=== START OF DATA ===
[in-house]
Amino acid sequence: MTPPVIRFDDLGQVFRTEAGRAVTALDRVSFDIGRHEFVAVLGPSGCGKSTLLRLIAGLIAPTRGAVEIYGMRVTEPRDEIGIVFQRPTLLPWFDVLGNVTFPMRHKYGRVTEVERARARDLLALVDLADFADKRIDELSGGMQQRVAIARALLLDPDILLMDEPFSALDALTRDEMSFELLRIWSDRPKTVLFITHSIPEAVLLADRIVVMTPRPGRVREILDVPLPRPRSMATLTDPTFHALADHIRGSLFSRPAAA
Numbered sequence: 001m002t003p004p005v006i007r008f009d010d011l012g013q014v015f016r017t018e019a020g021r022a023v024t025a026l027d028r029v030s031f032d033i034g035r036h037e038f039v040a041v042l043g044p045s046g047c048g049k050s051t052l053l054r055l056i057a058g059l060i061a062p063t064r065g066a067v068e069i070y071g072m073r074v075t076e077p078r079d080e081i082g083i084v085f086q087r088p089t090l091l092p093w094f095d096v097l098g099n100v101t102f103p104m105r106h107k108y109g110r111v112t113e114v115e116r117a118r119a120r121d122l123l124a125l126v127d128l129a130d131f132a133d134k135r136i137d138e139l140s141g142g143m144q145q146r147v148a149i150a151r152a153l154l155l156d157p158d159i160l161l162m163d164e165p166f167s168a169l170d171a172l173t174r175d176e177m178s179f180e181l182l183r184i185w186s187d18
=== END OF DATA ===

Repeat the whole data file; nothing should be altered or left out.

[in-house]
Amino acid sequence: MTPPVIRFDDLGQVFRTEAGRAVTALDRVSFDIGRHEFVAVLGPSGCGKSTLLRLIAGLIAPTRGAVEIYGMRVTEPRDEIGIVFQRPTLLPWFDVLGNVTFPMRHKYGRVTEVERARARDLLALVDLADFADKRIDELSGGMQQRVAIARALLLDPDILLMDEPFSALDALTRDEMSFELLRIWSDRPKTVLFITHSIPEAVLLADRIVVMTPRPGRVREILDVPLPRPRSMATLTDPTFHALADHIRGSLFSRPAAA
Numbered sequence: 001m002t003p004p005v006i007r008f009d010d011l012g013q014v015f016r017t018e019a020g021r022a023v024t025a026l027d028r029v030s031f032d033i034g035r036h037e038f039v040a041v042l043g044p045s046g047c048g049k050s051t052l053l054r055l056i057a058g059l060i061a062p063t064r065g066a067v068e069i070y071g072m073r074v075t076e077p078r079d080e081i082g083i084v085f086q087r088p089t090l091l092p093w094f095d096v097l098g099n100v101t102f103p104m105r106h107k108y109g110r111v112t113e114v115e116r117a118r119a120r121d122l123l124a125l126v127d128l129a130d131f132a133d134k135r136i137d138e139l140s141g142g143m144q145q146r147v148a149i150a151r152a153l154l155l156d157p158d159i160l161l162m163d164e165p166f167s168a169l170d171a172l173t174r175d176e177m178s179f180e181l182l183r184i185w186s187d18